Ronnie writes in:
I’m curious what your thoughts are on fractional reserve banking. It seems to me that this method of banking is a high risk form of financial management on the part of the banks. The difference (sort of) between Maddoff and FRB seems only different by institution: as long as there is more money coming in it doesn’t matter that a small percentage is going out. This system seems based entirely on debt, which is not ideal for a country, I wouldn’t think.
What Ronnie is really asking about is fractional reserve banking, which is the standard practice of pretty much every bank in the modern world.
What’s Fractional Reserve Banking? It’s easiest to illustrate fractional reserve banking by giving an example.
Let’s say a new bank opens up in town and you’re the first person to open an account there. You deposit $100. Then, another person stops in seeking a loan of $80. The bank gives the person that loan, leaving only $20 in their reserves. Of course, the interest rate they’re paying you on your account is low – say, 2% – and the interest rate they’re charging on the loan is likely higher – say, 6%. At the end of the year, they’ll earn $4.80 in interest on their loan to the customer, and then pay you $2 in interest on your deposit, keeping $2.80 for themselves.
Now, if you were to decide that you wanted your full balance back, the bank would obviously be in trouble. They wouldn’t have the money to give back to you, and thus they’d go bankrupt (and you’d have to rely on FDIC insurance).
What actually happens is that a bank has a lot of depositors. Let’s say 1,000 people all deposit $100 in the account, then the bank lends out $80 to a different group of 1,000 people. This would leave $20,000 in their coffers. Thus, even if 150 of the original depositors came in and asked for their money back, the bank would be completely fine.
Fractional reserve banking simply means that a bank is only required to keep a fraction of their deposits on hand – they’re allowed to lend out the rest to people who want to borrow money.
Understanding Fractional Reserve Banking
Without this system, it would be almost impossible to borrow money for any purpose. Loans would basically only exist between individuals – you wouldn’t be able to just go to a bank to borrow money for a car, a home, or to start a business.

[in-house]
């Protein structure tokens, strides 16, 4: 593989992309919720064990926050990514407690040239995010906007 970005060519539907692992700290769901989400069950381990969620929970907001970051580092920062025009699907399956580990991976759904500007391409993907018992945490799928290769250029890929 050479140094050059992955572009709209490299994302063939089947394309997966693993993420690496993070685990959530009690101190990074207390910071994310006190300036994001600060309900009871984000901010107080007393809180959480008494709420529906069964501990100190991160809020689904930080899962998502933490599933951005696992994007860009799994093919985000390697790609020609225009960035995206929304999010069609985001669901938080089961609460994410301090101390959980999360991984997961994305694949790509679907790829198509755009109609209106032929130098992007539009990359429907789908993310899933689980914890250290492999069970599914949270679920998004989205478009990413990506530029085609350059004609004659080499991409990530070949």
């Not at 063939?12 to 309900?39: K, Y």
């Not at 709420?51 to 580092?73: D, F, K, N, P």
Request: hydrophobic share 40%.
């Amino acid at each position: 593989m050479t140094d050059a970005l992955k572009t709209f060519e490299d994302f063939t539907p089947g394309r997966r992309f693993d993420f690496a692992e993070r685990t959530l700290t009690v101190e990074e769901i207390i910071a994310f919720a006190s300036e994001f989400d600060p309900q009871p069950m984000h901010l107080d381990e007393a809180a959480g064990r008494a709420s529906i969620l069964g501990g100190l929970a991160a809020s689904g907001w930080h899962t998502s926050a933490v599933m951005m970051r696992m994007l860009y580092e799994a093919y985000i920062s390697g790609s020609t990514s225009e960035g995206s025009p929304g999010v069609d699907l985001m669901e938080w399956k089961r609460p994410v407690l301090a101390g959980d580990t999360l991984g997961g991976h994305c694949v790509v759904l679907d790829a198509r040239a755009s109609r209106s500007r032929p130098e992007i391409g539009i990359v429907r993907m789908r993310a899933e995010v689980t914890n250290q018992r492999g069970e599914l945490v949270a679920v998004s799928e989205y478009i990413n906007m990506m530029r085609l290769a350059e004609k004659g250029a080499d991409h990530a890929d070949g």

At the same time, the idea of a checking or savings account as we know them would go away. We would have to pay a sharp fee for such services – or else keep all of our money at home.
The biggest risk in such a system is the potential for bank runs. If the bank is making poor decisions with the money they’re lending out (or investing), then people who hold accounts at that bank might get nervous and start demanding their money in droves. If enough people tried to withdraw their money at once, the bank would eventually not have enough to pay the depositors and would go out of business. This happened with the Northern Rock bank in 2007 and with IndyMac and Washington Mutual in 2008 – in both cases, the bank showed signs of holding a lot of bad investments, causing depositors to start clearing out their accounts very quickly, driving the banks out of business.
On one level, I do understand Ronnie’s comparison of fractional reserve banking to the Ponzi scheme perpetuated by Bernie Madoff – both of them relied on a continual flow of deposits and both collapse if the deposits stop flowing.
The difference between the two is simple, though: Madoff’s scheme could not earn money without new depositors constantly entering the system. He needed new investors so that he could keep paying old ones – and that meant that it was inevitably going to fail.
This system, though, can work forever provided that a large number of depositors don’t demand all of their money at once. Since the rate of interest the banks pay to checking and savings accounts is lower than the rate of interest the banks charge borrowers, the system also earns money in perpetuity, something that Madoff’s scheme doesn’t do.
In short, I think fractional reserve banking is something of a necessary evil, given the benefits (individuals are able to borrow money, banking services are free and often earn depositors some interest).
Some people are still left feeling pretty uncomfortable when they learn about fractional reserve banking. If you’re left feeling this way, keep two things in mind:
Your checking and savings accounts are insured by the FDIC
Currently, that insurance is for up to $250,000 – it’s scheduled to drop back to $100,000 at the end of 2009, but that may change. Make sure your account is insured (if it’s in an American bank, it probably is) and hold on to your bank statements, as those may be the proof you need to get your money if your bank were to fail.
You shouldn’t have all of your eggs in one basket
I would personally feel concerned if my account balances were pushing the FDIC limit. Instead, I would be investing some of that money in real estate, stocks, government bonds, or other things – the money will work much better for you there.